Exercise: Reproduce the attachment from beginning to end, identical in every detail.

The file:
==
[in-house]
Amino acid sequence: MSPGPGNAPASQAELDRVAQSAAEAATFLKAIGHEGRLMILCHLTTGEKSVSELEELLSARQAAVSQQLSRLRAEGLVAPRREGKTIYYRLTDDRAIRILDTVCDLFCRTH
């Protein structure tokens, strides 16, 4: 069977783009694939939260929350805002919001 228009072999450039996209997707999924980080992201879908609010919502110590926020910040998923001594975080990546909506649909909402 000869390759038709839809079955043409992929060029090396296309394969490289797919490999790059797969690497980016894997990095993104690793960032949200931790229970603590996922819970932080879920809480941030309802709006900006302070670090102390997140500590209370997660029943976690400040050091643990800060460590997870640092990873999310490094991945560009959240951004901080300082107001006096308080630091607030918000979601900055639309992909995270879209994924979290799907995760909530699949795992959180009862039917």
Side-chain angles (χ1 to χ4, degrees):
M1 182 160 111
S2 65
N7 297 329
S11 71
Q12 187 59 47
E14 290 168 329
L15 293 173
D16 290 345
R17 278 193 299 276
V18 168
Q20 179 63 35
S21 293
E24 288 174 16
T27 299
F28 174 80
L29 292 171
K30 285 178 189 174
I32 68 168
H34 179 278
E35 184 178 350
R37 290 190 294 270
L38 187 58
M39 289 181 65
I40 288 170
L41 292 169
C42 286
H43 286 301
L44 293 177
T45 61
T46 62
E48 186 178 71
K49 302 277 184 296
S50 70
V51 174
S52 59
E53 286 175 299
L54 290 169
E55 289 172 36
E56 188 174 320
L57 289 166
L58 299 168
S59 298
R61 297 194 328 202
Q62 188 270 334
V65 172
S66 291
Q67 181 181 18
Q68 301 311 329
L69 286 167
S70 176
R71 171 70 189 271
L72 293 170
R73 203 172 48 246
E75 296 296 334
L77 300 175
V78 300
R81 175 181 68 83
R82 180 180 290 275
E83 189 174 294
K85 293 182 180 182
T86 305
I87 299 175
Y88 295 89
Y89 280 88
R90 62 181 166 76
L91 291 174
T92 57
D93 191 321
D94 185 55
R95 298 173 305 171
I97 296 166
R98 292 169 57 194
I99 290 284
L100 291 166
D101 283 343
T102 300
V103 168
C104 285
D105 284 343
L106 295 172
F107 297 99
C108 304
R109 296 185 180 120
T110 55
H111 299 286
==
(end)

[in-house]
Amino acid sequence: MSPGPGNAPASQAELDRVAQSAAEAATFLKAIGHEGRLMILCHLTTGEKSVSELEELLSARQAAVSQQLSRLRAEGLVAPRREGKTIYYRLTDDRAIRILDTVCDLFCRTH
């Protein structure tokens, strides 16, 4: 069977783009694939939260929350805002919001 228009072999450039996209997707999924980080992201879908609010919502110590926020910040998923001594975080990546909506649909909402 000869390759038709839809079955043409992929060029090396296309394969490289797919490999790059797969690497980016894997990095993104690793960032949200931790229970603590996922819970932080879920809480941030309802709006900006302070670090102390997140500590209370997660029943976690400040050091643990800060460590997870640092990873999310490094991945560009959240951004901080300082107001006096308080630091607030918000979601900055639309992909995270879209994924979290799907995760909530699949795992959180009862039917």
Side-chain angles (χ1 to χ4, degrees):
M1 182 160 111
S2 65
N7 297 329
S11 71
Q12 187 59 47
E14 290 168 329
L15 293 173
D16 290 345
R17 278 193 299 276
V18 168
Q20 179 63 35
S21 293
E24 288 174 16
T27 299
F28 174 80
L29 292 171
K30 285 178 189 174
I32 68 168
H34 179 278
E35 184 178 350
R37 290 190 294 270
L38 187 58
M39 289 181 65
I40 288 170
L41 292 169
C42 286
H43 286 301
L44 293 177
T45 61
T46 62
E48 186 178 71
K49 302 277 184 296
S50 70
V51 174
S52 59
E53 286 175 299
L54 290 169
E55 289 172 36
E56 188 174 320
L57 289 166
L58 299 168
S59 298
R61 297 194 328 202
Q62 188 270 334
V65 172
S66 291
Q67 181 181 18
Q68 301 311 329
L69 286 167
S70 176
R71 171 70 189 271
L72 293 170
R73 203 172 48 246
E75 296 296 334
L77 300 175
V78 300
R81 175 181 68 83
R82 180 180 290 275
E83 189 174 294
K85 293 182 180 182
T86 305
I87 299 175
Y88 295 89
Y89 280 88
R90 62 181 166 76
L91 291 174
T92 57
D93 191 321
D94 185 55
R95 298 173 305 171
I97 296 166
R98 292 169 57 194
I99 290 284
L100 291 166
D101 283 343
T102 300
V103 168
C104 285
D105 284 343
L106 295 172
F107 297 99
C108 304
R109 296 185 180 120
T110 55
H111 299 286